This guide is structured in the following two sections:

Discussion Starters - Some provocations to get students and teachers to explore their preconceptions about the world around them, and what ability vs disability means. The emphasis is not about being an expert, but rather to engage in deeper discussion. I think kids continually surprise people with their ability to see the deeper layers, and these are formative years not to dumb down.

Lessons & Projects - The intention of these projects are to start small, and gain confidence.

An 11 year old student might start by designing a 'hack' for a friend or family member, and this may inspire them to think about e how further studies of D&T and other skills lead to exciting and multifaceted professional work. Indeed, some may go on to work for a prosthetics company like Ossür, but I truly believe that skills from these projects can be applied to any career in Design - and some would say that even if you do work for a big company which has a less progressive mindset - that just as with the subject of Sustainability - the Inclusive Design mindset should come 'as standard' with any modern student. It is cliched to say, but 'Children are our Future' is simply a fact, so it's vital that if they are to be agents of change, and the leaders of companies in 20+ years time that they not only have the ideology, but also the tools to affect change on these matters. D&T at its best gives muscle and action to ideals and ethics. The future is ours to shape for the better.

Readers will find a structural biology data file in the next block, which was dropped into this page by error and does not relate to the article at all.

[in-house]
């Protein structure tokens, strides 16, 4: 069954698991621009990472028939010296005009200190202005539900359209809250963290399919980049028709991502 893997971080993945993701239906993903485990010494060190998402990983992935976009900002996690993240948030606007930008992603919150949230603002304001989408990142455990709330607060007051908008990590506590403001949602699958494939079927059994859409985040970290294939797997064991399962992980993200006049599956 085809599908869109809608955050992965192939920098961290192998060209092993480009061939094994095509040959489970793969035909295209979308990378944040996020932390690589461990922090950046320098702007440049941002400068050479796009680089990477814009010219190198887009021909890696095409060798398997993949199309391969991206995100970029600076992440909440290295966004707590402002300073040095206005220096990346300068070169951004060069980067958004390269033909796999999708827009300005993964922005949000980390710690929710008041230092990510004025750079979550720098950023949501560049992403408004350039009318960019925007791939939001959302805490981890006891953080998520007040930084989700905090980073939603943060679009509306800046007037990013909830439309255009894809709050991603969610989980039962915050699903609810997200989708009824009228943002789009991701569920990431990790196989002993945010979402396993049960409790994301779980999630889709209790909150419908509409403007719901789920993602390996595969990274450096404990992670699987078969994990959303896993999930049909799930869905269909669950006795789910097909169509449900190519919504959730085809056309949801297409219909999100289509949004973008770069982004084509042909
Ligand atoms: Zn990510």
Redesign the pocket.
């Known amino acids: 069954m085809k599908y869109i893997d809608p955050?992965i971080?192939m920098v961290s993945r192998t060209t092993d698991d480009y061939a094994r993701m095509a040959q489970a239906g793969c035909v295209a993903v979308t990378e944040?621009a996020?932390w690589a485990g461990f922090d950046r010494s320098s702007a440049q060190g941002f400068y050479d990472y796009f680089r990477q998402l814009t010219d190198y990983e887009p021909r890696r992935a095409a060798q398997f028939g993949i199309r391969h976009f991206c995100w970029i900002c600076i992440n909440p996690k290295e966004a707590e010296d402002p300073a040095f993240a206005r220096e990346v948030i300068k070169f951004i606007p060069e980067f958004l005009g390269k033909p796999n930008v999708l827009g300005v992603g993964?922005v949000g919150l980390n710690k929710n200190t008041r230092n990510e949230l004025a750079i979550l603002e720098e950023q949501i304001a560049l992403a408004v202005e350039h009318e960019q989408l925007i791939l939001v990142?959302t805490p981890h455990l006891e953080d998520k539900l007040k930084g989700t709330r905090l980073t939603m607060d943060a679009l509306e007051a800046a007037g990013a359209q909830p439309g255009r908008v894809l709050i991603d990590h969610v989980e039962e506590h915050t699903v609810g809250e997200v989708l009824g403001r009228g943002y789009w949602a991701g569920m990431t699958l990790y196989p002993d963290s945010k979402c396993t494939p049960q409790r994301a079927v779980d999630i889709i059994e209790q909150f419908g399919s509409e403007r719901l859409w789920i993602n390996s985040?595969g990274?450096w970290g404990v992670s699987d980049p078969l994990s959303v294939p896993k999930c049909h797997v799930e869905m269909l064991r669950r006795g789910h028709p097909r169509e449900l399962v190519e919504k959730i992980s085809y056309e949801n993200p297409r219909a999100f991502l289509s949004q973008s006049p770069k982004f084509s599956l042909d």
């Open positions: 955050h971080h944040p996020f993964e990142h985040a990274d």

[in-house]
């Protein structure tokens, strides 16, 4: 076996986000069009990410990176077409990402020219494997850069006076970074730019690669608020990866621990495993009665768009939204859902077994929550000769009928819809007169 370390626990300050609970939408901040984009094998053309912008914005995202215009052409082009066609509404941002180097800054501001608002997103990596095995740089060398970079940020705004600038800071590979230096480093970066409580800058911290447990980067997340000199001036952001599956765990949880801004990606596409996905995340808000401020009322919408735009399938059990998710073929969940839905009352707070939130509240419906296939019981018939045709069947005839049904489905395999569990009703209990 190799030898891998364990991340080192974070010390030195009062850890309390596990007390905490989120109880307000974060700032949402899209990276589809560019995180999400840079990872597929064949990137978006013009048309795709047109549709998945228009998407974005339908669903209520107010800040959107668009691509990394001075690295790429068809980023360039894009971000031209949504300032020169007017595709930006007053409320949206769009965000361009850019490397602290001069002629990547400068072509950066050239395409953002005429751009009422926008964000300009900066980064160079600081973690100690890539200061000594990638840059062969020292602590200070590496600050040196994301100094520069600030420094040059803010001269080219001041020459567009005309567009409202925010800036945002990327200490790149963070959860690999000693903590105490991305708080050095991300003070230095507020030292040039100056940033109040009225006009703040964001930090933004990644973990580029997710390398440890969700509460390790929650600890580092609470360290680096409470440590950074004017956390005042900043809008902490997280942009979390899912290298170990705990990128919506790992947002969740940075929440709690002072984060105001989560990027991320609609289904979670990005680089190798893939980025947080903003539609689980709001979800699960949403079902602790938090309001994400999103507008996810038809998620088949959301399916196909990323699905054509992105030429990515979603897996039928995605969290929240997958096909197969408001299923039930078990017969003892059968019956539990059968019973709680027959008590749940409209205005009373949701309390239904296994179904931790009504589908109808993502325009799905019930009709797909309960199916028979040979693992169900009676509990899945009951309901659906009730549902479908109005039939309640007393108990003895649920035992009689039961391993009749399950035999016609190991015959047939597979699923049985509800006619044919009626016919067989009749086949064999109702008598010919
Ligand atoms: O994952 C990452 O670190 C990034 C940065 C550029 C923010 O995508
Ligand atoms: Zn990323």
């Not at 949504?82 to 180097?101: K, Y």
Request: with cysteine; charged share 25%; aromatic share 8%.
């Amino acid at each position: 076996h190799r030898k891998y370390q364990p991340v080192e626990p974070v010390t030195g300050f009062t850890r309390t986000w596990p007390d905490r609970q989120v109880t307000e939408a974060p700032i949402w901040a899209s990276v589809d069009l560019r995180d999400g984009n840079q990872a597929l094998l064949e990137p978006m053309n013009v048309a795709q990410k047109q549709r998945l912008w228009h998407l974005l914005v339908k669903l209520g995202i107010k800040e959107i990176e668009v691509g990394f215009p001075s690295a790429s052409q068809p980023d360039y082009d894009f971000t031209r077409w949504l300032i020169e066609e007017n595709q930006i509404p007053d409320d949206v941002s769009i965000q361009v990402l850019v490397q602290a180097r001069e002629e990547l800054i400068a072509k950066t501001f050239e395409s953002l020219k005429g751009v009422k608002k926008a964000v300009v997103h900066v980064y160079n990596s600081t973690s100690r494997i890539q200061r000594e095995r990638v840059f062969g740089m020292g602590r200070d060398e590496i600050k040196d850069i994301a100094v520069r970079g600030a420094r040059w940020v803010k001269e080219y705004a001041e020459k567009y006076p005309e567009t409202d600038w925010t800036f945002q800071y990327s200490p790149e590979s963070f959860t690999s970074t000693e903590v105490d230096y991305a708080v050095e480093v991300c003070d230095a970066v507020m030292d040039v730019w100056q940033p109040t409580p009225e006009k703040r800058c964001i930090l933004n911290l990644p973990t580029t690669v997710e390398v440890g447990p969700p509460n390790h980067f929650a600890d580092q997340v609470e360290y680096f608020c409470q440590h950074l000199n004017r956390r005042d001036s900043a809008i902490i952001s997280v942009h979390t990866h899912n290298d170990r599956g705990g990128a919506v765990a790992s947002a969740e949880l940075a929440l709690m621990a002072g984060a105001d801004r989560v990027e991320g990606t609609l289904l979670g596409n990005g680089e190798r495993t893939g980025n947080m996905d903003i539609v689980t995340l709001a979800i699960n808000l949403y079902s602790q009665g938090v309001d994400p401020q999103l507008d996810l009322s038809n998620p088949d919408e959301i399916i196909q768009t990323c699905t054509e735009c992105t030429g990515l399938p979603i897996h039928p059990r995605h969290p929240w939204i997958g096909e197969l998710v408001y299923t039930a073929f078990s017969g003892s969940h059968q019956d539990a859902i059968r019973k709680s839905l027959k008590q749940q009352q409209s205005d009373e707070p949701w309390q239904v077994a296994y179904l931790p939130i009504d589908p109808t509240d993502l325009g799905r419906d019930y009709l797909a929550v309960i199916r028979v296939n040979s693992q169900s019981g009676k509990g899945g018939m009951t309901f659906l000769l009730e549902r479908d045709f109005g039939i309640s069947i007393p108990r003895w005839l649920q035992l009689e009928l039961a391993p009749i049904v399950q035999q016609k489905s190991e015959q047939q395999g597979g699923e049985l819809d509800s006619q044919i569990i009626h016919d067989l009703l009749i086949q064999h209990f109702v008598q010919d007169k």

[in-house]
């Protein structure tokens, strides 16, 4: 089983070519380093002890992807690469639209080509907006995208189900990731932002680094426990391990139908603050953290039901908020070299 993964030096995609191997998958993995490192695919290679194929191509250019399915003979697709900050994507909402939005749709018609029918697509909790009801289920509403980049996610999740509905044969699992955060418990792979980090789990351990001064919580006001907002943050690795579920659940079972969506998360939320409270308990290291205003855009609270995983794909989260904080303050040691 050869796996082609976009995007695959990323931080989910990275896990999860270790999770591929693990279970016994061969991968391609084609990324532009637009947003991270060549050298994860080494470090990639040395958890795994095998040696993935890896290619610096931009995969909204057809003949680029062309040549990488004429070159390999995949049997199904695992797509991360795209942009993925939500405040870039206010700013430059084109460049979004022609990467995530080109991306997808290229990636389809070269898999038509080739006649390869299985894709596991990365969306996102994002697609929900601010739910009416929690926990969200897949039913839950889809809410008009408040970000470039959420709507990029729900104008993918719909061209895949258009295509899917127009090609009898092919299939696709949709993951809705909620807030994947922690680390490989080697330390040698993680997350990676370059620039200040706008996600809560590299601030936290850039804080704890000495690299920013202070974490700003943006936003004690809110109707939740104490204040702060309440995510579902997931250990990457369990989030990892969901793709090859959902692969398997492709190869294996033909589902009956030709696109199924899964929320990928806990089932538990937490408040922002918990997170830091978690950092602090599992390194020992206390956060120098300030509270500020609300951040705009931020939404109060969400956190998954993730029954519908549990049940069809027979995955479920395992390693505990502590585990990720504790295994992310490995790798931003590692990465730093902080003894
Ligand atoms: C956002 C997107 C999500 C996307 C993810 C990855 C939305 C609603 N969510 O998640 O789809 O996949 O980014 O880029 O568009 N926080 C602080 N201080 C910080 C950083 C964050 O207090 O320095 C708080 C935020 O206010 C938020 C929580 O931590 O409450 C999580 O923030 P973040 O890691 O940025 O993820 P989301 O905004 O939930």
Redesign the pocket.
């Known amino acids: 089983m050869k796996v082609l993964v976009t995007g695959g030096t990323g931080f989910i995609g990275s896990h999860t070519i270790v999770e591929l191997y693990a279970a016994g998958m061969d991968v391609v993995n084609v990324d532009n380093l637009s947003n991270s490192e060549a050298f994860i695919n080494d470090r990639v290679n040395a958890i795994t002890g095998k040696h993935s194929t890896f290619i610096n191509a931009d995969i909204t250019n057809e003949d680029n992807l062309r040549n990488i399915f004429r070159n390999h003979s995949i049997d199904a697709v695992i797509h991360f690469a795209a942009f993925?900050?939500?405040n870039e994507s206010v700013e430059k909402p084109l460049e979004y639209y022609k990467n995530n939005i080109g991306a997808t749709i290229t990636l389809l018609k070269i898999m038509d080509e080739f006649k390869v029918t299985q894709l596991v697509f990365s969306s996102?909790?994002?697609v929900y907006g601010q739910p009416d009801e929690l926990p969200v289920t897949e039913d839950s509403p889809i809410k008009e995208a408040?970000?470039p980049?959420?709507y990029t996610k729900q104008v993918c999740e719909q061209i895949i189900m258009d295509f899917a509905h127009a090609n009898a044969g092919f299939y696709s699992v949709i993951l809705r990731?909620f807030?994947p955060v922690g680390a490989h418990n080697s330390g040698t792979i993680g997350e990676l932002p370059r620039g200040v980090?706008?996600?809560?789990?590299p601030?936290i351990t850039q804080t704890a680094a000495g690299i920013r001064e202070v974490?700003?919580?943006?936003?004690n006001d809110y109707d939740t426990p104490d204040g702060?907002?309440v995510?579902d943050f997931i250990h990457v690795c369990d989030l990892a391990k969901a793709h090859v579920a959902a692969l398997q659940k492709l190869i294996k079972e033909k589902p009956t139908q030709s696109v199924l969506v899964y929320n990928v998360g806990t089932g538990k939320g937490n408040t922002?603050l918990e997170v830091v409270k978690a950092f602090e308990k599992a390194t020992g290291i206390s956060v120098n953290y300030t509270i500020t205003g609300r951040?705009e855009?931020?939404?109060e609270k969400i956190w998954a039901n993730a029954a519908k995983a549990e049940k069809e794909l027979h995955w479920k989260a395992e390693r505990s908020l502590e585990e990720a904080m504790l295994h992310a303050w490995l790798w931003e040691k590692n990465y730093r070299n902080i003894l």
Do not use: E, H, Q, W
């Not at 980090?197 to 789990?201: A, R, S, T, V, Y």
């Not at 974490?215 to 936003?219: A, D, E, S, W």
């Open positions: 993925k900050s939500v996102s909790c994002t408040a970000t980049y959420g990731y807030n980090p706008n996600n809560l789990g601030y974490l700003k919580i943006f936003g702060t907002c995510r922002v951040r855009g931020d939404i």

Even though this work is aimed at KS3 (11-14 year olds), this could arguably be 'scaled' in complexity to younger or older students, and I'm certainly keen to know how this resonates with students, parents, teachers, and industry.

On a parting note, if we can formulate curriculum subjects like Philosophy, Psychology and History - these surely can be graded as part of Design. I am aware that right now this is not the case, but this is also a provocation that the most valuable Designs to Industry are ones which have a sophisticate embodiment of many learnings.

An A-Grade in modern Design should imply a mastery of mind and matter, not merely mind over matter.

Step 1: